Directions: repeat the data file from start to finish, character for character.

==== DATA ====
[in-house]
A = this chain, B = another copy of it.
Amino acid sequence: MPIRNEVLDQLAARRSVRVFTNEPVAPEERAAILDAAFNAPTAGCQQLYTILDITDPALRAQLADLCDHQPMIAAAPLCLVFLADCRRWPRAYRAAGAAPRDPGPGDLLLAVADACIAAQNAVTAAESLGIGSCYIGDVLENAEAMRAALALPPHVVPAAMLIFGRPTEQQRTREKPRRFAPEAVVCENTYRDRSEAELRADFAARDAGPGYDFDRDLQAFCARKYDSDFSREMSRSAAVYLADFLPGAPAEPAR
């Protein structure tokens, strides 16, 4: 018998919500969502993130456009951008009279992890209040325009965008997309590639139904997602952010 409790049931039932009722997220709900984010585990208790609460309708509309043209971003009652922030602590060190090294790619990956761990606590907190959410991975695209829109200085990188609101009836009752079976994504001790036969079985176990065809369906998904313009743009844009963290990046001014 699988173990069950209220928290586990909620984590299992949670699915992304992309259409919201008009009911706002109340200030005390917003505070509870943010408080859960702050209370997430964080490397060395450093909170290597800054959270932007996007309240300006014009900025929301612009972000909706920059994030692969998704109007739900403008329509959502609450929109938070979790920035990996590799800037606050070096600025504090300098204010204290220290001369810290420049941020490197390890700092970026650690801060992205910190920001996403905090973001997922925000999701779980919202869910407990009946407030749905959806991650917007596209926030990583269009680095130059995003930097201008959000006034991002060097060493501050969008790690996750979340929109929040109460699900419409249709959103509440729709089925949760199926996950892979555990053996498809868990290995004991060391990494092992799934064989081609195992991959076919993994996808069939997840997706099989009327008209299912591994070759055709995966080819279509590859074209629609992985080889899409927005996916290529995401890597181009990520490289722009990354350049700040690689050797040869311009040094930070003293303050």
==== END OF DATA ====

[in-house]
A = this chain, B = another copy of it.
Amino acid sequence: MPIRNEVLDQLAARRSVRVFTNEPVAPEERAAILDAAFNAPTAGCQQLYTILDITDPALRAQLADLCDHQPMIAAAPLCLVFLADCRRWPRAYRAAGAAPRDPGPGDLLLAVADACIAAQNAVTAAESLGIGSCYIGDVLENAEAMRAALALPPHVVPAAMLIFGRPTEQQRTREKPRRFAPEAVVCENTYRDRSEAELRADFAARDAGPGYDFDRDLQAFCARKYDSDFSREMSRSAAVYLADFLPGAPAEPAR
């Protein structure tokens, strides 16, 4: 018998919500969502993130456009951008009279992890209040325009965008997309590639139904997602952010 409790049931039932009722997220709900984010585990208790609460309708509309043209971003009652922030602590060190090294790619990956761990606590907190959410991975695209829109200085990188609101009836009752079976994504001790036969079985176990065809369906998904313009743009844009963290990046001014 699988173990069950209220928290586990909620984590299992949670699915992304992309259409919201008009009911706002109340200030005390917003505070509870943010408080859960702050209370997430964080490397060395450093909170290597800054959270932007996007309240300006014009900025929301612009972000909706920059994030692969998704109007739900403008329509959502609450929109938070979790920035990996590799800037606050070096600025504090300098204010204290220290001369810290420049941020490197390890700092970026650690801060992205910190920001996403905090973001997922925000999701779980919202869910407990009946407030749905959806991650917007596209926030990583269009680095130059995003930097201008959000006034991002060097060493501050969008790690996750979340929109929040109460699900419409249709959103509440729709089925949760199926996950892979555990053996498809868990290995004991060391990494092992799934064989081609195992991959076919993994996808069939997840997706099989009327008209299912591994070759055709995966080819279509590859074209629609992985080889899409927005996916290529995401890597181009990520490289722009990354350049700040690689050797040869311009040094930070003293303050």